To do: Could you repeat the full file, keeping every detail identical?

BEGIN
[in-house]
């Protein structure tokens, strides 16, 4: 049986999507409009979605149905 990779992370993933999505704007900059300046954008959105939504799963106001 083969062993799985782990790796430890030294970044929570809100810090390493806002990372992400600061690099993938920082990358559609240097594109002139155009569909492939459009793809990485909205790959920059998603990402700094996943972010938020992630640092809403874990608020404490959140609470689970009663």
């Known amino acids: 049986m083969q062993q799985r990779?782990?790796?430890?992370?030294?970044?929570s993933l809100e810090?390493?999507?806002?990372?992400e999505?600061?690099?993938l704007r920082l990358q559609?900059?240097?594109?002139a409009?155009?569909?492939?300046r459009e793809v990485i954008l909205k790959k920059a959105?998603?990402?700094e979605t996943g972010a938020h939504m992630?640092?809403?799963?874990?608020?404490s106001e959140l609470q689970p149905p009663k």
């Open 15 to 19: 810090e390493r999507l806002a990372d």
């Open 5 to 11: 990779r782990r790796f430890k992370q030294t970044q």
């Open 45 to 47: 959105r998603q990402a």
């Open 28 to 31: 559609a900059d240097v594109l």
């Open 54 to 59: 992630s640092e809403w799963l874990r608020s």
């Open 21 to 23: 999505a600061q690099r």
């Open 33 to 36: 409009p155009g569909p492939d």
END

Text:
[in-house]
């Protein structure tokens, strides 16, 4: 049986999507409009979605149905 990779992370993933999505704007900059300046954008959105939504799963106001 083969062993799985782990790796430890030294970044929570809100810090390493806002990372992400600061690099993938920082990358559609240097594109002139155009569909492939459009793809990485909205790959920059998603990402700094996943972010938020992630640092809403874990608020404490959140609470689970009663």
């Known amino acids: 049986m083969q062993q799985r990779?782990?790796?430890?992370?030294?970044?929570s993933l809100e810090?390493?999507?806002?990372?992400e999505?600061?690099?993938l704007r920082l990358q559609?900059?240097?594109?002139a409009?155009?569909?492939?300046r459009e793809v990485i954008l909205k790959k920059a959105?998603?990402?700094e979605t996943g972010a938020h939504m992630?640092?809403?799963?874990?608020?404490s106001e959140l609470q689970p149905p009663k």
């Open 15 to 19: 810090e390493r999507l806002a990372d």
């Open 5 to 11: 990779r782990r790796f430890k992370q030294t970044q």
């Open 45 to 47: 959105r998603q990402a």
């Open 28 to 31: 559609a900059d240097v594109l």
């Open 54 to 59: 992630s640092e809403w799963l874990r608020s």
């Open 21 to 23: 999505a600061q690099r």
């Open 33 to 36: 409009p155009g569909p492939d």